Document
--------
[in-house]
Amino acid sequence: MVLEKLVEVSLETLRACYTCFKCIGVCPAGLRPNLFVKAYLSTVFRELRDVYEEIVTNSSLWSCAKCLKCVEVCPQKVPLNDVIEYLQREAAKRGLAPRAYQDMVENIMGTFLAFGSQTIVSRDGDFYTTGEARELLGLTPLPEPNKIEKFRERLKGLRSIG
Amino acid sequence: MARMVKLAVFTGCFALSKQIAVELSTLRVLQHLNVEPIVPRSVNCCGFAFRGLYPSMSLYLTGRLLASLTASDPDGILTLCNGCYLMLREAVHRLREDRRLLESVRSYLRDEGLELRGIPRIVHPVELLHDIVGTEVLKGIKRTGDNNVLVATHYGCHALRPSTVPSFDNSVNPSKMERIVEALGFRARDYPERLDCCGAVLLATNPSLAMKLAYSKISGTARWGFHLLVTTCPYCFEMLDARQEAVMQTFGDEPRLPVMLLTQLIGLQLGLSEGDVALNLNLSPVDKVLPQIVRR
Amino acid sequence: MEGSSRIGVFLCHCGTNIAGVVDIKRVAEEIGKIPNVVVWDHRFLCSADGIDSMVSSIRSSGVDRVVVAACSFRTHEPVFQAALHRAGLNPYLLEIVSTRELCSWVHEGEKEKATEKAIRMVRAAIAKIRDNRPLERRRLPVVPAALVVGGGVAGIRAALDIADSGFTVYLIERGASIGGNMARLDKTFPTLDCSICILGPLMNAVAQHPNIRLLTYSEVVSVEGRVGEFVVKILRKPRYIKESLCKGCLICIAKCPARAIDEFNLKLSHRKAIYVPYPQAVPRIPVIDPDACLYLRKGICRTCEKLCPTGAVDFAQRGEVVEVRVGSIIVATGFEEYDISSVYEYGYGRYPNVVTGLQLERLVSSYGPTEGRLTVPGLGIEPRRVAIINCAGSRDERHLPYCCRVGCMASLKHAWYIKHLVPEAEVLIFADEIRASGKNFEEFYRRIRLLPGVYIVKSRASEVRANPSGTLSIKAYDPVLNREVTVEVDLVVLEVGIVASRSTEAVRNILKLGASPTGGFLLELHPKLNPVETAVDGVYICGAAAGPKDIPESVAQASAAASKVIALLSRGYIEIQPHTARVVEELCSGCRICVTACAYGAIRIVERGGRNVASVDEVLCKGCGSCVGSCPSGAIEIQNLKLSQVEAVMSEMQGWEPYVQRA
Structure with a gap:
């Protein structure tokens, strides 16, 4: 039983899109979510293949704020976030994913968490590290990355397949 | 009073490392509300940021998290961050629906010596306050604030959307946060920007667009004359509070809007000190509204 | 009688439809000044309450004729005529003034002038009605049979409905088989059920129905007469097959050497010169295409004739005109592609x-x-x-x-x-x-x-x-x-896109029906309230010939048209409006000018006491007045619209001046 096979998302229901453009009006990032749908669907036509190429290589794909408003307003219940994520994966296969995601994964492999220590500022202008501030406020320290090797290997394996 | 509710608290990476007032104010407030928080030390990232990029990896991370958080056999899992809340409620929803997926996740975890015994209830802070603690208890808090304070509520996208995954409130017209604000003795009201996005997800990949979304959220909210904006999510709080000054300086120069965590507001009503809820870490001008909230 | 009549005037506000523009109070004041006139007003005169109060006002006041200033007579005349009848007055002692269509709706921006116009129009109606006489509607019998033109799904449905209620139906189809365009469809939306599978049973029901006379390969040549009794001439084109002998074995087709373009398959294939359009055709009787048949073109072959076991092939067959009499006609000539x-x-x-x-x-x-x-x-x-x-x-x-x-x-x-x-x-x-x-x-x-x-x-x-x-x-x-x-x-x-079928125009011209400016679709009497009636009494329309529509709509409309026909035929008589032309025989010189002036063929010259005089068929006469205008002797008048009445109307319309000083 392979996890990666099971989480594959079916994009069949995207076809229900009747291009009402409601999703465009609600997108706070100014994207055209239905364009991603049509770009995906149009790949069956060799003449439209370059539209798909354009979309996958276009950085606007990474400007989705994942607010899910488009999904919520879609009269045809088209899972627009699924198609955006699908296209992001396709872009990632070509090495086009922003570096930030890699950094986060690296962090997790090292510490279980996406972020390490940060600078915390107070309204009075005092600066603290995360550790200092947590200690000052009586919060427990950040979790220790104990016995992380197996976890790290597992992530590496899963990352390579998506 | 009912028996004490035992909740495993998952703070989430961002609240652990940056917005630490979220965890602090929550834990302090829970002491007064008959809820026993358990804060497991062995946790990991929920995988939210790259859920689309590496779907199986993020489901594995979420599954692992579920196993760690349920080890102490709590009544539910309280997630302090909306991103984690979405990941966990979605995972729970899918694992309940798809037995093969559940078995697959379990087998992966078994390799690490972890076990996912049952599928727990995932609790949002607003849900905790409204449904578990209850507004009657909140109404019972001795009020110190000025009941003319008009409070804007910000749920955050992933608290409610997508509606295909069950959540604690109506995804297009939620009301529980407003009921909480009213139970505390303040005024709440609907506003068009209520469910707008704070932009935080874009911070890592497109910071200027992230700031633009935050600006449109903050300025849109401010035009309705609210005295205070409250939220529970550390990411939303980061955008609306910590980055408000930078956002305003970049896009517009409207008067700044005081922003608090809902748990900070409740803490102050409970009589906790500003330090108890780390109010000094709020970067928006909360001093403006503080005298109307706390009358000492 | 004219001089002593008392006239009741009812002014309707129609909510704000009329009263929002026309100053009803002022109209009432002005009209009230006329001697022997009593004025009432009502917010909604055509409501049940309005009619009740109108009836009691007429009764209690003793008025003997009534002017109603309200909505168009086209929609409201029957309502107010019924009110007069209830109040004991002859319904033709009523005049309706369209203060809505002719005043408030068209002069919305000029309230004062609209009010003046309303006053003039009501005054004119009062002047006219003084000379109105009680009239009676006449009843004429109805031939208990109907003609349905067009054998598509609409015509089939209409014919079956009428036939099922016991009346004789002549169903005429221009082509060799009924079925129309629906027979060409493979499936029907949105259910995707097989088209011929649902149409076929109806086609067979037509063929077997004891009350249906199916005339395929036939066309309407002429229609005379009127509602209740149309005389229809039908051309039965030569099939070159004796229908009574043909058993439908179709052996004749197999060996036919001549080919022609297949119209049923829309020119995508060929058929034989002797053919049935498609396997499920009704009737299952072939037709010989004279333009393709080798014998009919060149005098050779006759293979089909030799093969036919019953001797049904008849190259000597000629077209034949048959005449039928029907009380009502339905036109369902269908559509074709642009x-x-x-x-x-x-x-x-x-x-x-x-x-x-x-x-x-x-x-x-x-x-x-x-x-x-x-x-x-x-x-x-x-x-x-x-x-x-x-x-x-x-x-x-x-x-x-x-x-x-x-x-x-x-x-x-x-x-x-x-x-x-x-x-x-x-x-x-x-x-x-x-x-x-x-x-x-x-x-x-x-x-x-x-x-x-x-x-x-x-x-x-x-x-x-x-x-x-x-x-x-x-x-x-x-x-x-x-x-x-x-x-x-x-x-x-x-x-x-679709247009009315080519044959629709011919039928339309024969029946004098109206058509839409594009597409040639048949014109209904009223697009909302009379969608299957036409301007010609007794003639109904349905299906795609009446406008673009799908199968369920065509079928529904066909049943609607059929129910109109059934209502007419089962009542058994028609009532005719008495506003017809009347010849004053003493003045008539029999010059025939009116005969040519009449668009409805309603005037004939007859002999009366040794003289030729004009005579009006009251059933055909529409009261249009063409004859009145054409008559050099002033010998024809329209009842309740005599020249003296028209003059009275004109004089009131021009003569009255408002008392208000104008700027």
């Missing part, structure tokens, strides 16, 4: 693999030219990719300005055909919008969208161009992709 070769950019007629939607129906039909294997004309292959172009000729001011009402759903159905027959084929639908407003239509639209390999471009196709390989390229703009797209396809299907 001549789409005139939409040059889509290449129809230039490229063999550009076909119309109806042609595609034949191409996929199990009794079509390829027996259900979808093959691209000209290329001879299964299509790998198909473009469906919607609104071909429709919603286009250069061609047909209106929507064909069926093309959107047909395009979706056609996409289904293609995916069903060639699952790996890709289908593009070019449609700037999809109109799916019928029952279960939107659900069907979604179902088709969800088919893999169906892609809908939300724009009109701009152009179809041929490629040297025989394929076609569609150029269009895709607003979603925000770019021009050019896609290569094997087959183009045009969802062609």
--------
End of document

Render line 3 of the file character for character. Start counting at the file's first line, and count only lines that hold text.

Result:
Amino acid sequence: MARMVKLAVFTGCFALSKQIAVELSTLRVLQHLNVEPIVPRSVNCCGFAFRGLYPSMSLYLTGRLLASLTASDPDGILTLCNGCYLMLREAVHRLREDRRLLESVRSYLRDEGLELRGIPRIVHPVELLHDIVGTEVLKGIKRTGDNNVLVATHYGCHALRPSTVPSFDNSVNPSKMERIVEALGFRARDYPERLDCCGAVLLATNPSLAMKLAYSKISGTARWGFHLLVTTCPYCFEMLDARQEAVMQTFGDEPRLPVMLLTQLIGLQLGLSEGDVALNLNLSPVDKVLPQIVRR